It ended with the kind of world they wanted after the war finished: "Imperialistic designs for power, regardless from which side they come, must be neutralized for all time... All centralized power, like that exercised by the Prussian state in Germany and in Europe, must be eliminated... The coming Germany must be federalistic. The working class must be liberated from its degraded conditions of slavery by a reasonable form of socialism... Freedom of speech, freedom of religion, the protection of individual citizens from the arbitrary will of criminal regimes of violence - these will be the bases of the New Europe." (17)
The Gestapo later estimated that the White Rose group distributed around 10,000 copies of this leaflet. Traute Lafrenz and Sophie Scholl purchased the special paper needed, as well as the envelopes and stamps from a large number of shops to avoid suspicion. Each leaflet was turned out one by one, night after night. "In order to stay awake and to function during the day, they took pep pills from the military clinics where the medics worked." (18) The conspirators had to ensure that the Gestapo could not trace the source to Munich so the group had to post their leaflets from neighbouring towns." (19)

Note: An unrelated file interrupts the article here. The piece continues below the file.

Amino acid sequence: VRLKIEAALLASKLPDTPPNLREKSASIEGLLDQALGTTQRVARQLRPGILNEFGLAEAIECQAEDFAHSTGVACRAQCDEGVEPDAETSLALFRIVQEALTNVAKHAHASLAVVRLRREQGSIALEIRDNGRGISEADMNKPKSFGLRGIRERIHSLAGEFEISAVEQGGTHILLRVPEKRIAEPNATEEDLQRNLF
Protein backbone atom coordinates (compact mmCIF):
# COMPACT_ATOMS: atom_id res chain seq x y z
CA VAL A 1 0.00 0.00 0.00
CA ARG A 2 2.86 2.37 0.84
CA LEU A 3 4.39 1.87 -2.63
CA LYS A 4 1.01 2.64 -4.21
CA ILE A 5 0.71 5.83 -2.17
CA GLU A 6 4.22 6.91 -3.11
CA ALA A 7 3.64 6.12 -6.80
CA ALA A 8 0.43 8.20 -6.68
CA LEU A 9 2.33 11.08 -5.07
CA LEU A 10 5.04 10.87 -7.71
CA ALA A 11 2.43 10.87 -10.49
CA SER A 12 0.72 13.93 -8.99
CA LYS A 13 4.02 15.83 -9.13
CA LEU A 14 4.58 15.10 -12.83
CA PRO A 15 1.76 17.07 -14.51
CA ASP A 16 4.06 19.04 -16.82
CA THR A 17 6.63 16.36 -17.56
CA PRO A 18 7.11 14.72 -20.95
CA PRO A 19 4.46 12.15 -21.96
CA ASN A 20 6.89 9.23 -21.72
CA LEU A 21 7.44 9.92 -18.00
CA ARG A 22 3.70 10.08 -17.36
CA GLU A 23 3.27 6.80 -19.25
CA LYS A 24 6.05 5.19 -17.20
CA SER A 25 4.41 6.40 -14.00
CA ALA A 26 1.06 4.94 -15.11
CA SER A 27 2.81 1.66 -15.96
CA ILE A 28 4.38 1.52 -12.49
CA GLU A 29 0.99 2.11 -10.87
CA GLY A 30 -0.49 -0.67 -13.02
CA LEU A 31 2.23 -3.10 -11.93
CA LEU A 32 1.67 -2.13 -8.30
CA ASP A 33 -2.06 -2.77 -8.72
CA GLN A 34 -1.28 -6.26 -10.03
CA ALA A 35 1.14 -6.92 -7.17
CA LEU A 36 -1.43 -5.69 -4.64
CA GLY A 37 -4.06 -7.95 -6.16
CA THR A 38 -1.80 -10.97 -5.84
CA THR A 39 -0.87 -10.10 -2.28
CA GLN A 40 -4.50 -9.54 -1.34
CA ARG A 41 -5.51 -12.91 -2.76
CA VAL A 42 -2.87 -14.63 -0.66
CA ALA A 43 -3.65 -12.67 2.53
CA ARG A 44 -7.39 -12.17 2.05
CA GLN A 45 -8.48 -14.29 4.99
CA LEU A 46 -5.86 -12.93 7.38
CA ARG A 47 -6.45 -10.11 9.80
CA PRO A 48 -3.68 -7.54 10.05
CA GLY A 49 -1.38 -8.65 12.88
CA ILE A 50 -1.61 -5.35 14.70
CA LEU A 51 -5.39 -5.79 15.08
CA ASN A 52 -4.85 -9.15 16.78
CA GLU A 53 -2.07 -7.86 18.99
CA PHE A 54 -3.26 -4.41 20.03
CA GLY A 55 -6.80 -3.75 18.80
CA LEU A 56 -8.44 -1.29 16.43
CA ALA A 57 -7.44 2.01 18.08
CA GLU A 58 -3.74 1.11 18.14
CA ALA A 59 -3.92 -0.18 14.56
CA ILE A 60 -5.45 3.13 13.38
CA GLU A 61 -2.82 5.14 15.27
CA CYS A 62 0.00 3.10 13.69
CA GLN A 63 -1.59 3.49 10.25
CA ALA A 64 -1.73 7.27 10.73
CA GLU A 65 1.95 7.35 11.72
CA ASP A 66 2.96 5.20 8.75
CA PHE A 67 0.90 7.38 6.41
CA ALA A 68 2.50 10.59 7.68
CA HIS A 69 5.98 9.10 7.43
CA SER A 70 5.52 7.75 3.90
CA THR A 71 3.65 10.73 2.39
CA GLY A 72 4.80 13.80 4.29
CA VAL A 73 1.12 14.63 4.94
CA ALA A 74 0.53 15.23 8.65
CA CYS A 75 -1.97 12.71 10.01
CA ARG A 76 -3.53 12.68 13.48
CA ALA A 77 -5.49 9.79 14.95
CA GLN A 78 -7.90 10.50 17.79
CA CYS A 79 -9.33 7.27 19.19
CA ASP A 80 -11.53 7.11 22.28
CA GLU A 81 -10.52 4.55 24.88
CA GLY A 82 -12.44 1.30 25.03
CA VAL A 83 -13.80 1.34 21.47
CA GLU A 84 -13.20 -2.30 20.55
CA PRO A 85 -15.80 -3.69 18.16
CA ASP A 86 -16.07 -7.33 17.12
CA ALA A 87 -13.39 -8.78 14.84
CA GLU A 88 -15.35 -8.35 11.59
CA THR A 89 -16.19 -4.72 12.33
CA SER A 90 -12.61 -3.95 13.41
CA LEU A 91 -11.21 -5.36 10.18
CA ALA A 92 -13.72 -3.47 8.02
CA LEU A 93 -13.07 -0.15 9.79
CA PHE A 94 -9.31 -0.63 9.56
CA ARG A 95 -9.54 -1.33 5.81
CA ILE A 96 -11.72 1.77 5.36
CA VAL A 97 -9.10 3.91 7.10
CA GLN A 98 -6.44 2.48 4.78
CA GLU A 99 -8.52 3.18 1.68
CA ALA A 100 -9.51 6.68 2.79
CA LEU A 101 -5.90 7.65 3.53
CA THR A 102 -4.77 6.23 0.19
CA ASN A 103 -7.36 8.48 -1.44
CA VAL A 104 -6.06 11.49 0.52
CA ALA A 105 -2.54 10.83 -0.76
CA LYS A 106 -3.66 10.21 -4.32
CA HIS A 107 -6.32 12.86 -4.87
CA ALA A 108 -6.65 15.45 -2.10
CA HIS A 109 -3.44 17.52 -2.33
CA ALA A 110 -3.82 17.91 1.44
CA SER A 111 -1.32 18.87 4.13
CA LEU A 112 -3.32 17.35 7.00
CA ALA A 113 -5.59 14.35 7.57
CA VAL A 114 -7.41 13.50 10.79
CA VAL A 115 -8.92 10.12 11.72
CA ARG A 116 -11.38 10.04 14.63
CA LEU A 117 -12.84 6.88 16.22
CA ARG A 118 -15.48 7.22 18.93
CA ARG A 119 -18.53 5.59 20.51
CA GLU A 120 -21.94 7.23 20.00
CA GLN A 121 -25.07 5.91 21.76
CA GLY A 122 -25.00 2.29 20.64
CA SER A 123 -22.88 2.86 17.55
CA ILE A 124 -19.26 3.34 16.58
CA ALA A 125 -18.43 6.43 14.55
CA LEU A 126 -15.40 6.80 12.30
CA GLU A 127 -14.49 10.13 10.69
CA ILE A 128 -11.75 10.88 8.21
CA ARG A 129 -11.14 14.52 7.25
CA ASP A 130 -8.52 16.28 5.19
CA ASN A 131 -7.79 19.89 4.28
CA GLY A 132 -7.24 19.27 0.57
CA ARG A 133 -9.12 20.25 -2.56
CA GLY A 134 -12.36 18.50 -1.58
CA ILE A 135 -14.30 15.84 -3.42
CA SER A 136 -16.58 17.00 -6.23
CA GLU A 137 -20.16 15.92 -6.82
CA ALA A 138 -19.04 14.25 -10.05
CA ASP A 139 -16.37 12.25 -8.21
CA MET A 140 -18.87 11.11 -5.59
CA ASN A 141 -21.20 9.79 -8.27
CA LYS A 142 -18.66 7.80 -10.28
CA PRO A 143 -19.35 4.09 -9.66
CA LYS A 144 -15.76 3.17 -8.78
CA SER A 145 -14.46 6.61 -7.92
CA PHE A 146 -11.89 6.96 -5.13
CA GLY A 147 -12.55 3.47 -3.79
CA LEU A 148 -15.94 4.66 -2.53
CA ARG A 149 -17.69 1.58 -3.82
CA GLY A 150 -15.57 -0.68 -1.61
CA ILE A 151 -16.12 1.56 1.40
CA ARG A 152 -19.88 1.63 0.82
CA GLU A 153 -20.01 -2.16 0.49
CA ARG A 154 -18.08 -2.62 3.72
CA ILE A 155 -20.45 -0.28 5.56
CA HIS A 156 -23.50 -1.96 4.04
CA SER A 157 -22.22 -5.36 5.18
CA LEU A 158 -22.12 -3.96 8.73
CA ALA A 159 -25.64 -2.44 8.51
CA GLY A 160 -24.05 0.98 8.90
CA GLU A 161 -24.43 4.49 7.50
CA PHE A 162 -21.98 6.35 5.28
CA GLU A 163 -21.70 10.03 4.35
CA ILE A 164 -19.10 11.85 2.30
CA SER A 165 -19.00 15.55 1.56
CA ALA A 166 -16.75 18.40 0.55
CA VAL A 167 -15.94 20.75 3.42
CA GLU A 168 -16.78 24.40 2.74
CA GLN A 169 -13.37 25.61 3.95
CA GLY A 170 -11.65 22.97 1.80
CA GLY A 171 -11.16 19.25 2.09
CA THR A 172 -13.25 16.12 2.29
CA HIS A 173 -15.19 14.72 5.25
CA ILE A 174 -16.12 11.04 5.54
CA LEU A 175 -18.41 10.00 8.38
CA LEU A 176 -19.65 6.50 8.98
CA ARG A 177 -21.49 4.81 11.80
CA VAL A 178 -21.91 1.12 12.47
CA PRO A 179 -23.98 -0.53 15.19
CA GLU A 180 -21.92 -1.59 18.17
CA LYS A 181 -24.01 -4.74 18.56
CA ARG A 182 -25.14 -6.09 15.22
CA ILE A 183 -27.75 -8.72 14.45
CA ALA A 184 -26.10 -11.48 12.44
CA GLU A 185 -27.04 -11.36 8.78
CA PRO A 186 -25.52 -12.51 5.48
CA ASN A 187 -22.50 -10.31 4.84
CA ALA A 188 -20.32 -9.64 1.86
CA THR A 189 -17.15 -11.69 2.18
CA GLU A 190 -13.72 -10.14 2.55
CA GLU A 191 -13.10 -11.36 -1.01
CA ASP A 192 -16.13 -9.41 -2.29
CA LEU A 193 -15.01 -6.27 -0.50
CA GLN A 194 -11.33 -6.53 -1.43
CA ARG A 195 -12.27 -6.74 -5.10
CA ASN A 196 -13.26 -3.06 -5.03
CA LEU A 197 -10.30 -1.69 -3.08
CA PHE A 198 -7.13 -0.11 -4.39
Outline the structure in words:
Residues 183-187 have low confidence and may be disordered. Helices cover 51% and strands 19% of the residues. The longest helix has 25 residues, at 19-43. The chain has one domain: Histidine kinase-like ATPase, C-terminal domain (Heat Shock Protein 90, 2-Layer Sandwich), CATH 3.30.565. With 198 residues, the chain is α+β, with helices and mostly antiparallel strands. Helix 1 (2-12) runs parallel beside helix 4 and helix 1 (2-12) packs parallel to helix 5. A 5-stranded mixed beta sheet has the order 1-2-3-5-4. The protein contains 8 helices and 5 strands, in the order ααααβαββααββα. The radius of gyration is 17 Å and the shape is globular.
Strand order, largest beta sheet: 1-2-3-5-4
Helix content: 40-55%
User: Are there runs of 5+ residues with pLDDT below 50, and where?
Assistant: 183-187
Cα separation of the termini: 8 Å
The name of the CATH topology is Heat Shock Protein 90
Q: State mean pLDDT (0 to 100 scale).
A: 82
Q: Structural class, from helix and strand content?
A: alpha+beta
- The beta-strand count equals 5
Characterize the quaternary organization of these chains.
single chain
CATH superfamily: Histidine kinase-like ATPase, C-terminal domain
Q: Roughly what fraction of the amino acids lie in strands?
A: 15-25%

Traute Lafrenz took the leaflet to Hamburg where a branch of the White Rose group had been established. This included Heinz Kucharski, Greta Rothe, Hans Leipelt, Katharina Leipelt, Rudolph Degkwitz, Felix Judd, Elisabeth Lange, Frederick Geussenhainer and Gretl Mrosek. (20)
The authorities took the fifth leaflet more seriously than the others. One of the Gestapo's most experienced agents, Robert Mohr, was ordered to carry out a full investigation into the group called the "Resistance Movement in Germany". He was told "the leaflets were creating the greatest disturbance at the highest levels of the Party and the State". Mohr was especially concerned by the leaflets simultaneous appearance in widely separated cities including Stuttgart, Vienna, Ulm, Frankfurt, Linz, Salzburg and Augsburg. This suggested an organization of considerable size was at work, one with capable leadership and considerable resources. (21)